POGGI | Eulogy for the Mac's Salad
Everyone has their routines. The unchanging route you take to class. Laundry on Tuesdays and grocery shopping on Saturdays. Sock, sock, shoe, shoe. One of my favorite routines of my past two years at Cornell has been my weekly Mac’s salad. The customization options created a meal tailored to your tastes; if you ignored the BRB acceptance and the Statler interior, one could almost imagine this was an off-campus meal. So when I returned to campus this fall, excited to indulge in one of my most grounding routines, I was dismayed to see the salad bar had been replaced by grab-and-go options. I reached out to Cornell Dining to learn more.
Thomas Gisler, Director of Food and Beverage at The Statler Hotel, commented the following:
“We have been successfully running the chopped salad station at Mac’s Café for ten years. In recent years, our guests voiced a need for grab & go options on our menu offerings to decrease wait times during peak periods. We have been asked to start menu items for the new grab & go options at Mac’s this semester and the chopped salad station was the logical go-to approach to deliver that request. The “Mac’s to Go” items are constantly evolving and have been very popular.”
While I can agree that grab and go options were needed, and that the wait times were often long, I do not see why the salad station could not have coexisted with additional options. I cannot help but wonder if staffing may also be an issue, as previous complaints of low pay and staffing shortages from dining workers seem to be unresolved. I believe that more transparency from the Mac’s administration may have eased the transition and left fewer students surprised.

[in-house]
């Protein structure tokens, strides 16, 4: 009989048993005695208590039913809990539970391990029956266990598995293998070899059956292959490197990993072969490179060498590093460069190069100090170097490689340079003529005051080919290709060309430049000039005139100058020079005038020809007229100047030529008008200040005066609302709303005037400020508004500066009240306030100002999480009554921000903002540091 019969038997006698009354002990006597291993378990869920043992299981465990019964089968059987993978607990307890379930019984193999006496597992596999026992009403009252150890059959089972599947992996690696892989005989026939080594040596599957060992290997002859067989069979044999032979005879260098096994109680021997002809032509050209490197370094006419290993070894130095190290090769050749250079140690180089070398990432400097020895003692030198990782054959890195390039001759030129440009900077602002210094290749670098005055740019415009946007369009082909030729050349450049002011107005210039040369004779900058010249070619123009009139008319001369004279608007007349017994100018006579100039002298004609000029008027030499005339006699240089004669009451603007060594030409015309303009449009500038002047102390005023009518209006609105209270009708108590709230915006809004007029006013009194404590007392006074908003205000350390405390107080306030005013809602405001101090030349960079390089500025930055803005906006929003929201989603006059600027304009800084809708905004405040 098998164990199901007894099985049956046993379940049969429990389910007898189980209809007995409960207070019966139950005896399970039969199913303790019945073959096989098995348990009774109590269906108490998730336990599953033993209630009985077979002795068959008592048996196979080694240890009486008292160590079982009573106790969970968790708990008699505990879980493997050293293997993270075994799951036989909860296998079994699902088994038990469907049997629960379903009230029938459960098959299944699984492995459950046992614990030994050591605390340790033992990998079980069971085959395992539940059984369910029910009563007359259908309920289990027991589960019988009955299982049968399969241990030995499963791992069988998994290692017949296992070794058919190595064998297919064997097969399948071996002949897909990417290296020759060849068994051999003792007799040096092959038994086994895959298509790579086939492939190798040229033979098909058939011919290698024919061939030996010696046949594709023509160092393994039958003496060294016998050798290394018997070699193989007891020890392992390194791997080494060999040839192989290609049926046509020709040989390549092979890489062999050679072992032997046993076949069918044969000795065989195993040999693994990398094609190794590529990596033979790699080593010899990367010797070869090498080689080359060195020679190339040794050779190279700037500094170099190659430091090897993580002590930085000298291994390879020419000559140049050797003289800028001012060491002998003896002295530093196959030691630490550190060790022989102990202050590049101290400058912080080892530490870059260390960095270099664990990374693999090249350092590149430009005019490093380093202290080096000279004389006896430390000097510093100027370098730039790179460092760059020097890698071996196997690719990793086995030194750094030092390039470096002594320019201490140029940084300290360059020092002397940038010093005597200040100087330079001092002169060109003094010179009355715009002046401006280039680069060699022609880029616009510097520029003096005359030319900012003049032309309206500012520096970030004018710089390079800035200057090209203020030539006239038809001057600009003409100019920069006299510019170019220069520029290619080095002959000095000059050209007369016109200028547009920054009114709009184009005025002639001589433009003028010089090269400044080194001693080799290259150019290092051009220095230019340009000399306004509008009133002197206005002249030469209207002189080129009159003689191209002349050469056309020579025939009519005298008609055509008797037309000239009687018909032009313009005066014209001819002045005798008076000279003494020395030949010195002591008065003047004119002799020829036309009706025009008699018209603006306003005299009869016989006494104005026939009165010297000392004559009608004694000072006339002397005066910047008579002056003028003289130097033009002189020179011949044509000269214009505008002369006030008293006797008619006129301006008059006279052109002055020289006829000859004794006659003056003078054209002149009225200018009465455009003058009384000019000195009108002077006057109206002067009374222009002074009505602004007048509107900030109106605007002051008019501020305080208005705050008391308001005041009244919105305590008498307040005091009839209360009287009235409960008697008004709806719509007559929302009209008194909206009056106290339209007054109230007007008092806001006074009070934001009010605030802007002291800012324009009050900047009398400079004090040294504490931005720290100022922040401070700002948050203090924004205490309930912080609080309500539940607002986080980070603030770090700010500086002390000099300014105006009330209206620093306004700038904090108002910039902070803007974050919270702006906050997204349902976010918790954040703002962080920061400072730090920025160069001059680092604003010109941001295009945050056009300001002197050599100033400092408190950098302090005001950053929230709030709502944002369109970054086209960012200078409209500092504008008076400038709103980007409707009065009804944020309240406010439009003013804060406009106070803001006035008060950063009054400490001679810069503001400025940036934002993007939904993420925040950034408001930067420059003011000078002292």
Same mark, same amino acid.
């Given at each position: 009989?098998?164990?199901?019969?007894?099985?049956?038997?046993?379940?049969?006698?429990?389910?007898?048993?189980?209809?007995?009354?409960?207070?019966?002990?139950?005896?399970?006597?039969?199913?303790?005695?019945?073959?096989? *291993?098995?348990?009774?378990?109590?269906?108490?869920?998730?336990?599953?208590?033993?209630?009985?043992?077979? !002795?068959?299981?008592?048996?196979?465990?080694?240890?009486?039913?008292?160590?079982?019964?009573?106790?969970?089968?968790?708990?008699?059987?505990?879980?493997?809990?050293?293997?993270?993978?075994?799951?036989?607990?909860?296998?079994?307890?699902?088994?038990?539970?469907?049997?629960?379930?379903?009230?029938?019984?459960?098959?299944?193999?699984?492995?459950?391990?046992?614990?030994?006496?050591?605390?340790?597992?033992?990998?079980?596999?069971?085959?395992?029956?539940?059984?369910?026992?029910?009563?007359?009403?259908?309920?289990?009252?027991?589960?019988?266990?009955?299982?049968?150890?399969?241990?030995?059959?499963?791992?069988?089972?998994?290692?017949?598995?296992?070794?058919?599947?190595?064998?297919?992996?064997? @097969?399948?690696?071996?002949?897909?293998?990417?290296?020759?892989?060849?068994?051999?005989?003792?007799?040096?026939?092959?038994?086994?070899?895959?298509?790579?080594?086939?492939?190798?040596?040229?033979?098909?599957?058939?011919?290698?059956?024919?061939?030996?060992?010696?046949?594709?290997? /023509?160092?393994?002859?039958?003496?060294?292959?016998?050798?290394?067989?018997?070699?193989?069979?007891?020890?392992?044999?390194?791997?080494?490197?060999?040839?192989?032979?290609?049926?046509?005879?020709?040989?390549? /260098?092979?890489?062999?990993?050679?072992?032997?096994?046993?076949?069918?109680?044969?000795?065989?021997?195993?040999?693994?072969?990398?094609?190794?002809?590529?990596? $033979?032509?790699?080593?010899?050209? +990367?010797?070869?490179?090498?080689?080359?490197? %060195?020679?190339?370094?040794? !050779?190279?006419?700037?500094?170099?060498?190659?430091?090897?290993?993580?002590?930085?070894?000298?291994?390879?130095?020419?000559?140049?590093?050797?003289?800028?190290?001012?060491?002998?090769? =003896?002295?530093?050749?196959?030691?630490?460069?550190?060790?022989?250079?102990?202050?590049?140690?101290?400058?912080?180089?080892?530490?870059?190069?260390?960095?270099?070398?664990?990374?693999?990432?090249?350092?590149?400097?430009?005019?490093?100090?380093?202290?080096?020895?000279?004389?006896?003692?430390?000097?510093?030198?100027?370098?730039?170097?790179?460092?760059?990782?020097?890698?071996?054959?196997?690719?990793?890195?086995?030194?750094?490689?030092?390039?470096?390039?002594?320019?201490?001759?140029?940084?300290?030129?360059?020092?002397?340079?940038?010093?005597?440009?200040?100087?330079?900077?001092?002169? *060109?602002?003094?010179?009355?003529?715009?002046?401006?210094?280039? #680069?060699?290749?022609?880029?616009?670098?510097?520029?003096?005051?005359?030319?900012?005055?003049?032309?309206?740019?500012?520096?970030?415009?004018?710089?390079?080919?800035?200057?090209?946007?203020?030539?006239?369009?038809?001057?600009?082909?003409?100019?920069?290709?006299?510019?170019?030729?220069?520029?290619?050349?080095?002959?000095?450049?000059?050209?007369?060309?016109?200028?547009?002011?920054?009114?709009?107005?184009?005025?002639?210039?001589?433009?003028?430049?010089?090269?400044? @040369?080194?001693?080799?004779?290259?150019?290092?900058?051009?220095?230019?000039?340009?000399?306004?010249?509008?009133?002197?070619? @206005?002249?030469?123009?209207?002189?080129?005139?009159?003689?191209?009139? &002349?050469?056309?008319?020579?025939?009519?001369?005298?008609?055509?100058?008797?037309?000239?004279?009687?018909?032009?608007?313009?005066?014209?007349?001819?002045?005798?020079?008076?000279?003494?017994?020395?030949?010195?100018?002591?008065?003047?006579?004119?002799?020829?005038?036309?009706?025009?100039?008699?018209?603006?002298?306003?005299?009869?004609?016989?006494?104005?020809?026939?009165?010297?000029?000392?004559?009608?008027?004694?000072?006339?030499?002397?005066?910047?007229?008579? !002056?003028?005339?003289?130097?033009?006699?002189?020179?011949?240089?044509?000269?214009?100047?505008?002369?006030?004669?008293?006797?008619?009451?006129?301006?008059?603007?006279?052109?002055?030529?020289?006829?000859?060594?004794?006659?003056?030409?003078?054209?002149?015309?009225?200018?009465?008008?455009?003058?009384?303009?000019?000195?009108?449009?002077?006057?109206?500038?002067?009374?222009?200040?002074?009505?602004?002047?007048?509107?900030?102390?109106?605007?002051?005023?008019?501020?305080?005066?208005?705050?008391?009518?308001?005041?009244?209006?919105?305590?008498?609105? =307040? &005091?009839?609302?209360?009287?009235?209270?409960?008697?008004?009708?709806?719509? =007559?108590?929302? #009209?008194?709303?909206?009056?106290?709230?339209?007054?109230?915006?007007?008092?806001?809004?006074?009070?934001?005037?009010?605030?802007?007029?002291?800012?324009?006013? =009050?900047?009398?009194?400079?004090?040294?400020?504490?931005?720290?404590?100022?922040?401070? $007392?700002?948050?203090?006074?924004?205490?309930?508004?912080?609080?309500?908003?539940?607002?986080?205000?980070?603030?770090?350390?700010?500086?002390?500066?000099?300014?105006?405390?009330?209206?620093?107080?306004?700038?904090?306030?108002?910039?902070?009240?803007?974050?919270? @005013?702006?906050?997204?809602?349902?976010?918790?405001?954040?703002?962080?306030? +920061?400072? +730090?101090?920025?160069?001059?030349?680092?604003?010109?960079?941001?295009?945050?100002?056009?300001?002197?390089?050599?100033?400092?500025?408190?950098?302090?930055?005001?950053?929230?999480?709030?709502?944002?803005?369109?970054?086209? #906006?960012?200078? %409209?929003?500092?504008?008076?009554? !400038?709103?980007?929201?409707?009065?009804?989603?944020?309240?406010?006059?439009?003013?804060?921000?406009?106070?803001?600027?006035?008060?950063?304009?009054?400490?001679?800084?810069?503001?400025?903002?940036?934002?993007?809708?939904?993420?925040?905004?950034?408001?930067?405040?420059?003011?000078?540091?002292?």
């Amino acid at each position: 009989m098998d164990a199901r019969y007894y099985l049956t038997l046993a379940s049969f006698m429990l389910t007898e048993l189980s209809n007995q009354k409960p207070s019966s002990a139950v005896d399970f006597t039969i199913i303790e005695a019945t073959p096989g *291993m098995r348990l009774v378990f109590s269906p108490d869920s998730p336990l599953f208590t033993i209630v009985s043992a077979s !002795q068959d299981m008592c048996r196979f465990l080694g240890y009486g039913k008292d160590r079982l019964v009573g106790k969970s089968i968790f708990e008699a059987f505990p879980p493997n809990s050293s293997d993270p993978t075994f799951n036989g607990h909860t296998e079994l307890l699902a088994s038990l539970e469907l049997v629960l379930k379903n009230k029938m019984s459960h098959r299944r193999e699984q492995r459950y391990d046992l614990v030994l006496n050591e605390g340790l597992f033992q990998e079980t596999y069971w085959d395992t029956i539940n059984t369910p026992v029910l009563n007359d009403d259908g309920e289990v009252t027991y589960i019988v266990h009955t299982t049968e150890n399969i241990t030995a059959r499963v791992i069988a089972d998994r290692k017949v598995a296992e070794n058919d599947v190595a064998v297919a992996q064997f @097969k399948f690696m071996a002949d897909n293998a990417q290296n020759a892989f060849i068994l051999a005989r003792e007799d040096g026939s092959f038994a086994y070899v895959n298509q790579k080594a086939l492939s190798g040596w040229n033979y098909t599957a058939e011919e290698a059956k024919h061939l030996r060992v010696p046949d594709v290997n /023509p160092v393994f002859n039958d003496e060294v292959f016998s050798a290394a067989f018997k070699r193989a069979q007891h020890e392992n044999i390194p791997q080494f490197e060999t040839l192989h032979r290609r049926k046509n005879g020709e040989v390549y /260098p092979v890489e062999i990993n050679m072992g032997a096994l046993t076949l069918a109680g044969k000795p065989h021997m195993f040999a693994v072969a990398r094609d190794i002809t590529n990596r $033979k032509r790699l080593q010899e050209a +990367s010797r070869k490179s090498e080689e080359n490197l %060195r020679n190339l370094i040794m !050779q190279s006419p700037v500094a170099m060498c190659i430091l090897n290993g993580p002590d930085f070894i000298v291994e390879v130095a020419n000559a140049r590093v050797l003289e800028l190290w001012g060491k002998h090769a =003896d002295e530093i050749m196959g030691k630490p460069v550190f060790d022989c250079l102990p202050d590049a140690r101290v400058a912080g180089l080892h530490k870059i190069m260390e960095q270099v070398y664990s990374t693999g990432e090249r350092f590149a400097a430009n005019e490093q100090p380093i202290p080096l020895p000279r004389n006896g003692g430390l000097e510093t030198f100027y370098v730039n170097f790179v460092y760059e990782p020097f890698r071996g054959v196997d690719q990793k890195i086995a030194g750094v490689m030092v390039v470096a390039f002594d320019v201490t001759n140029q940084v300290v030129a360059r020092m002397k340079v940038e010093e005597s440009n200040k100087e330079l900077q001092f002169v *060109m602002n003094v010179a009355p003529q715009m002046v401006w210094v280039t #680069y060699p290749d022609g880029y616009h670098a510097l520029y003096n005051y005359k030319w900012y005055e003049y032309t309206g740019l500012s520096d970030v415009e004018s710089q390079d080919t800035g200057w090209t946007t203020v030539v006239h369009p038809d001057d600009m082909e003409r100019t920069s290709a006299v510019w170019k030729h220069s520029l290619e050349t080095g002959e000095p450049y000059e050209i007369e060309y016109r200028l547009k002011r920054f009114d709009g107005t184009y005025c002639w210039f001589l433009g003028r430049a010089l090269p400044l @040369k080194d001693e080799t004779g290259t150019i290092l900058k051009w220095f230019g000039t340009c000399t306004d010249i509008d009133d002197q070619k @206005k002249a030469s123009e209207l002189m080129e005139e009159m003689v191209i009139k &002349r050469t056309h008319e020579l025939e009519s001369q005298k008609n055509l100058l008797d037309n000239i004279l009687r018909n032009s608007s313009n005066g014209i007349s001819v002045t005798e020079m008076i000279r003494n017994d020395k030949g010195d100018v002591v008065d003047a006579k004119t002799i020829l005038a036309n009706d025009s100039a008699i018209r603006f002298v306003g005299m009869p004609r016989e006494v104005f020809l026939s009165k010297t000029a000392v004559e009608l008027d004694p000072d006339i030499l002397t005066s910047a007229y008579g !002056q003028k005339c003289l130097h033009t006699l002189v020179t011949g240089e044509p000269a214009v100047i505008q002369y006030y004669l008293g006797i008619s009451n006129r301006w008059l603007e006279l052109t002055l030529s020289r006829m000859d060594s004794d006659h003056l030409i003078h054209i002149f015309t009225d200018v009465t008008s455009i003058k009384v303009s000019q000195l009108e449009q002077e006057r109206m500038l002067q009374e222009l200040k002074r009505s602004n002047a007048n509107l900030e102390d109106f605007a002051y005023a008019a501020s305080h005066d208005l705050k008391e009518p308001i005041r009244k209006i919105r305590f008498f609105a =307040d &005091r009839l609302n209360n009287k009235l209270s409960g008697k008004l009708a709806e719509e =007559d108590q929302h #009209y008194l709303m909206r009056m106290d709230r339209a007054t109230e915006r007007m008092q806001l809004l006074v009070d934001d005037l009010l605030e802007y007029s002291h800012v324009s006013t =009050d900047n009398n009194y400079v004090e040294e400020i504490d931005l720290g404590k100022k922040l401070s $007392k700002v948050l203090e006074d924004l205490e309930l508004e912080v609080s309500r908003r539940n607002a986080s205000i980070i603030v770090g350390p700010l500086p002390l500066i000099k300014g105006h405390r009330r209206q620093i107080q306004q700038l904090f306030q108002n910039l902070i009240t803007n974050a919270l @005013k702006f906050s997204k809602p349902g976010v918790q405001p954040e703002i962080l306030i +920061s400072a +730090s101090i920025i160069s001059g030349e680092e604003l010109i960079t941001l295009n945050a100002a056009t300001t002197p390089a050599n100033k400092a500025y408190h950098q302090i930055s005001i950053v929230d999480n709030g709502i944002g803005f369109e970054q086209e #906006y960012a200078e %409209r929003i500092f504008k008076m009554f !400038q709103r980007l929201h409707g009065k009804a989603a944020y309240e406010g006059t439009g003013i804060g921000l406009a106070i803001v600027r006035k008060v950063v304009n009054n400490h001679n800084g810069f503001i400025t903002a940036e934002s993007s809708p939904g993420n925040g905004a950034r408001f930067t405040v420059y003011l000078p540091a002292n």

When chatting with fellow regulars at Mac’s, none of us could recall alerts of the change, nor opportunities to voice feedback. I believe that reducing options at the station and increasing staff may have solved the issues without the need to forgo what has been a staple of Cornell dining for a decade.
Unlike grab-and-go food, customizable options allow flexibility for a variety of dietary preferences and needs, increasing food accessibility. Moreover, personal interactions with dining workers facilitated conversations between students and locals and allowed regular patrons to get to know the people serving them. The increasing depersonalization of food service at the Statler is antithetical to the Nolan School’s claim that “Our business is Hospitality.”
I mourn the tender salmon, fresh greens and seasonal toppings, all carefully chopped and homogenized into a “fiber bomb” to remedy any college-diet-induced nutritional deficiencies. I miss the friendly workers who made every bowl with kindness and care despite long lines. The salad station never disappointed me and was a mainstay in my two years at Cornell.
Despite never having class in the Statler, or even close to the Hotel school, I would always make the trek for the salad bar, even during evening hours, to carry me through late nights studying before a prelim. Without a comparable fast-casual salad restaurant in Collegetown, such as a Sweetgreen, Chopt or CAVA, the Mac’s station satisfied my need for cruciferous crunch and was a routine addition to my diet. While Terrace has great alternatives during lunch hours — check out their salad bar or new curry station — the Mac’s salad will be forever missed.
Julia Poggi is a third year student in the College of Agriculture & Life Sciences. Her fortnightly column The Outbox is a collection of reflections, advice and notes to self about life at Cornell, with a focus on coursework-life balance. She can be reached at [email protected].
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